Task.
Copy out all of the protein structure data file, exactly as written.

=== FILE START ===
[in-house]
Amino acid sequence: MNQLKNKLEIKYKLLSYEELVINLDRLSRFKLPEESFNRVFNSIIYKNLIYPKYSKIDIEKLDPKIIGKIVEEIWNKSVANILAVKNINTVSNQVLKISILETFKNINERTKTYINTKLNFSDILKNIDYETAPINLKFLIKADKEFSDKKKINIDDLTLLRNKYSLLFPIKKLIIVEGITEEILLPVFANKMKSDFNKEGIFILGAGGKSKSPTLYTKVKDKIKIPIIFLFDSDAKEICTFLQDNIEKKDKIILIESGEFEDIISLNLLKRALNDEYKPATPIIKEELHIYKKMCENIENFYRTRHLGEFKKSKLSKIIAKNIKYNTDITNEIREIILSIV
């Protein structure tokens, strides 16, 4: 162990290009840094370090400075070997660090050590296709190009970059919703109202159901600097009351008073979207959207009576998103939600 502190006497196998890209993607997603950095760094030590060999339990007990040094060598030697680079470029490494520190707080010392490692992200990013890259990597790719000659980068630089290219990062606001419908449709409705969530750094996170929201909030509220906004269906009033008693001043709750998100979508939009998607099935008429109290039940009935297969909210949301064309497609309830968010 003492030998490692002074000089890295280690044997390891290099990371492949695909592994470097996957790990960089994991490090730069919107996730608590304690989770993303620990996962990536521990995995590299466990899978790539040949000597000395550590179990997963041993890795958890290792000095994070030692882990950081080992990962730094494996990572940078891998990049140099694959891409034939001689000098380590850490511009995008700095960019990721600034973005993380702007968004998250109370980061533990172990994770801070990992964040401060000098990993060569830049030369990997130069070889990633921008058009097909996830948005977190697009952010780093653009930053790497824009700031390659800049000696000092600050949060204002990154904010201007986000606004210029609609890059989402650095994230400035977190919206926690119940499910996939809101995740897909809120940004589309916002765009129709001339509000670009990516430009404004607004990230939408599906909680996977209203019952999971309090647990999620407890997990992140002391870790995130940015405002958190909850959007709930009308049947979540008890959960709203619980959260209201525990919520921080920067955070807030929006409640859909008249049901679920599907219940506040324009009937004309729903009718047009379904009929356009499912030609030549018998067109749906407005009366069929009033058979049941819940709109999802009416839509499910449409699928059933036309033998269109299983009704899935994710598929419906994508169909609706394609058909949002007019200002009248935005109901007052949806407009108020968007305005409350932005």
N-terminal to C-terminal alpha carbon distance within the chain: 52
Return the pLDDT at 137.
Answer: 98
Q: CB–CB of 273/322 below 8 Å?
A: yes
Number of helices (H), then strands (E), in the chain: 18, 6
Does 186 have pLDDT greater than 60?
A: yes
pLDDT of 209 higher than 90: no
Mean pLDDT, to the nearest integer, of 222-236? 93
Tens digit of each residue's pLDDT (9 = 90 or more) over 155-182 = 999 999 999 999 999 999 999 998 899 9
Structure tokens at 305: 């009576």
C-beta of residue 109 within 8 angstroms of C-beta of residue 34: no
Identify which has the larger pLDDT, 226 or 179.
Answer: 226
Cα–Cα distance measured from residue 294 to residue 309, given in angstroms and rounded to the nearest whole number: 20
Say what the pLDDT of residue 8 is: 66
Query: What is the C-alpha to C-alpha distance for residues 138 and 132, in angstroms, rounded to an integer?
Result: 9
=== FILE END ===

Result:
[in-house]
Amino acid sequence: MNQLKNKLEIKYKLLSYEELVINLDRLSRFKLPEESFNRVFNSIIYKNLIYPKYSKIDIEKLDPKIIGKIVEEIWNKSVANILAVKNINTVSNQVLKISILETFKNINERTKTYINTKLNFSDILKNIDYETAPINLKFLIKADKEFSDKKKINIDDLTLLRNKYSLLFPIKKLIIVEGITEEILLPVFANKMKSDFNKEGIFILGAGGKSKSPTLYTKVKDKIKIPIIFLFDSDAKEICTFLQDNIEKKDKIILIESGEFEDIISLNLLKRALNDEYKPATPIIKEELHIYKKMCENIENFYRTRHLGEFKKSKLSKIIAKNIKYNTDITNEIREIILSIV
């Protein structure tokens, strides 16, 4: 162990290009840094370090400075070997660090050590296709190009970059919703109202159901600097009351008073979207959207009576998103939600 502190006497196998890209993607997603950095760094030590060999339990007990040094060598030697680079470029490494520190707080010392490692992200990013890259990597790719000659980068630089290219990062606001419908449709409705969530750094996170929201909030509220906004269906009033008693001043709750998100979508939009998607099935008429109290039940009935297969909210949301064309497609309830968010 003492030998490692002074000089890295280690044997390891290099990371492949695909592994470097996957790990960089994991490090730069919107996730608590304690989770993303620990996962990536521990995995590299466990899978790539040949000597000395550590179990997963041993890795958890290792000095994070030692882990950081080992990962730094494996990572940078891998990049140099694959891409034939001689000098380590850490511009995008700095960019990721600034973005993380702007968004998250109370980061533990172990994770801070990992964040401060000098990993060569830049030369990997130069070889990633921008058009097909996830948005977190697009952010780093653009930053790497824009700031390659800049000696000092600050949060204002990154904010201007986000606004210029609609890059989402650095994230400035977190919206926690119940499910996939809101995740897909809120940004589309916002765009129709001339509000670009990516430009404004607004990230939408599906909680996977209203019952999971309090647990999620407890997990992140002391870790995130940015405002958190909850959007709930009308049947979540008890959960709203619980959260209201525990919520921080920067955070807030929006409640859909008249049901679920599907219940506040324009009937004309729903009718047009379904009929356009499912030609030549018998067109749906407005009366069929009033058979049941819940709109999802009416839509499910449409699928059933036309033998269109299983009704899935994710598929419906994508169909609706394609058909949002007019200002009248935005109901007052949806407009108020968007305005409350932005």
N-terminal to C-terminal alpha carbon distance within the chain: 52
Return the pLDDT at 137.
Answer: 98
Q: CB–CB of 273/322 below 8 Å?
A: yes
Number of helices (H), then strands (E), in the chain: 18, 6
Does 186 have pLDDT greater than 60?
A: yes
pLDDT of 209 higher than 90: no
Mean pLDDT, to the nearest integer, of 222-236? 93
Tens digit of each residue's pLDDT (9 = 90 or more) over 155-182 = 999 999 999 999 999 999 999 998 899 9
Structure tokens at 305: 């009576």
C-beta of residue 109 within 8 angstroms of C-beta of residue 34: no
Identify which has the larger pLDDT, 226 or 179.
Answer: 226
Cα–Cα distance measured from residue 294 to residue 309, given in angstroms and rounded to the nearest whole number: 20
Say what the pLDDT of residue 8 is: 66
Query: What is the C-alpha to C-alpha distance for residues 138 and 132, in angstroms, rounded to an integer?
Result: 9